This isn't exactly what you asked for, but the net effect is the same to the users of the system so it is worth looking into.
You can set Archiva up to proxy remote repositories by using proxy connectors.
Using this mechanism you could configure G2 to have a proxy of G1, this means when any artifact is deployed to G1, it would be available at G2 via the proxy mechanism.
From the documentation:
A proxy connector is used to link a managed repository (stored on the Archiva machine) to a remote repository (accessed via a URL). This will mean that when a request is received by the managed repository, the connector is consulted to decide whether it should request the resource from the remote repository (and potentially cache the result locally for future requests).
Each managed repository can proxy multiple remote repositories to allow grouping of repositories through a single interface inside the Archiva instance. For instance, it is common to proxy all remote releases through a single repository for Archiva, as well as a single snapshot repository for all remote snapshot repositories.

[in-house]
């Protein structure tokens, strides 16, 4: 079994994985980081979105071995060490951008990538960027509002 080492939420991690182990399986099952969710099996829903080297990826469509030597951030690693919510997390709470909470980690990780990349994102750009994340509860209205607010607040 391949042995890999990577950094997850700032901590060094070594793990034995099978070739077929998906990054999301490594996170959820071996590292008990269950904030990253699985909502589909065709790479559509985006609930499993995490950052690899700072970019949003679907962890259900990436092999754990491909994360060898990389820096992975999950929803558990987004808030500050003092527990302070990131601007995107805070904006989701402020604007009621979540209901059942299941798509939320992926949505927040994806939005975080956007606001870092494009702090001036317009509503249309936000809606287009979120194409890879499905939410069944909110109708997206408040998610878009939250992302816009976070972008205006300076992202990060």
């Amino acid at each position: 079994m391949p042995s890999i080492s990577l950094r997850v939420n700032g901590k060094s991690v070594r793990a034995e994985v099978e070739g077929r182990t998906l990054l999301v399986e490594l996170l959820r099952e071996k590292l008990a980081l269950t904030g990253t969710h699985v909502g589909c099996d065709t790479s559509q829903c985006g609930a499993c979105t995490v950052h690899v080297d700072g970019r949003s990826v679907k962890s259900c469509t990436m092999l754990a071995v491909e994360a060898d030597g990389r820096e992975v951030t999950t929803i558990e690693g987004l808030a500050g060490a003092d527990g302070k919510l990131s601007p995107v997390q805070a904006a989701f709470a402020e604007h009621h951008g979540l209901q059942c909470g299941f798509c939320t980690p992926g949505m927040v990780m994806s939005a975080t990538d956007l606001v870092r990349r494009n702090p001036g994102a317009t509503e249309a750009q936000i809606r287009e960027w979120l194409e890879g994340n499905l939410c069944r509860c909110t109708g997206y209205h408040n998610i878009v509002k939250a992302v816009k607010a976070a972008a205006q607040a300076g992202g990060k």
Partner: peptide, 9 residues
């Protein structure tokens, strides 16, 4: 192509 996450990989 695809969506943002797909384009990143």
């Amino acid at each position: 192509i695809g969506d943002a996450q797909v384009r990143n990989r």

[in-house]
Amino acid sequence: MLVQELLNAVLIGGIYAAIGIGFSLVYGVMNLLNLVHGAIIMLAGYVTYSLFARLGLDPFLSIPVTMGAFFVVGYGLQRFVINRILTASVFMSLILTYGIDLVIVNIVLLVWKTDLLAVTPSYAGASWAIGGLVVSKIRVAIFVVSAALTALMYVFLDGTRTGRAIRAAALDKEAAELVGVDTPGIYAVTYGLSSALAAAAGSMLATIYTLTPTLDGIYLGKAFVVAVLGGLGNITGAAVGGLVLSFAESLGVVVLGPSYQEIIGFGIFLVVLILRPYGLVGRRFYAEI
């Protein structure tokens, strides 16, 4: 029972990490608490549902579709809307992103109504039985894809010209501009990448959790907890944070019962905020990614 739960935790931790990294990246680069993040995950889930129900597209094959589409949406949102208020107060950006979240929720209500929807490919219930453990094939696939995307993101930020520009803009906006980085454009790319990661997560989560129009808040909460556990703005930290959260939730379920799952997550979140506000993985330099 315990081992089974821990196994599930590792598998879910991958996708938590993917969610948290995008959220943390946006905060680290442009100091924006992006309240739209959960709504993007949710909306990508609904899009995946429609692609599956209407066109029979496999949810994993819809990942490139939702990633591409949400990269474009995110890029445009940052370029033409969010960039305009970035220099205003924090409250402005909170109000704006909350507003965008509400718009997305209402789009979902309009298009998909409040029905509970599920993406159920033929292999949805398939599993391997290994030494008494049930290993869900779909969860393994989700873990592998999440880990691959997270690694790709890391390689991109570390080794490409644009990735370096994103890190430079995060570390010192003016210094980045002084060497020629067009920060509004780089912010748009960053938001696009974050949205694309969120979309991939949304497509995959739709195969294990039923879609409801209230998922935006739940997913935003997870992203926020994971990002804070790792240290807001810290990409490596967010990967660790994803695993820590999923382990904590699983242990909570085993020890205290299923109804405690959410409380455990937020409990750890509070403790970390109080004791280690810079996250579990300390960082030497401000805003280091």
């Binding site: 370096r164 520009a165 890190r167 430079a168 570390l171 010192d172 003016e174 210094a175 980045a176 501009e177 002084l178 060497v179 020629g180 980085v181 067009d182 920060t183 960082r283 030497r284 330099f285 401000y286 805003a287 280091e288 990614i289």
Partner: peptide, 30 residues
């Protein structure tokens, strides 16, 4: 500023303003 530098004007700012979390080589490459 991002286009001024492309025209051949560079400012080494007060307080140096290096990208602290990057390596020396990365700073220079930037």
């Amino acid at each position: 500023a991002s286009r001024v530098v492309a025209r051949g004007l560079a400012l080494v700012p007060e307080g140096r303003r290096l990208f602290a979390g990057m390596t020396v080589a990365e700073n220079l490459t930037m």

A basic proxy connector configuration simply links the remote repository to the managed repository (with an optional network proxy for access through a firewall). However, the behaviour of different types of artifacts and paths can be specifically managed by the proxy connectors to make access to remote repositories more flexibly controlled.
If proxy connectors won't work for you, you could look into alternative replication approaches. I would reconsider though as any homegrown solution is likely to introduce issues as users modify the repository contents.
- As long as you only allow deployment to one of the nodes, you can use rsync or robocopy to replicate the storage location between the nodes.
- You can write a custom plugin that listens for the get and delete events and fires a corresponding event to the other node.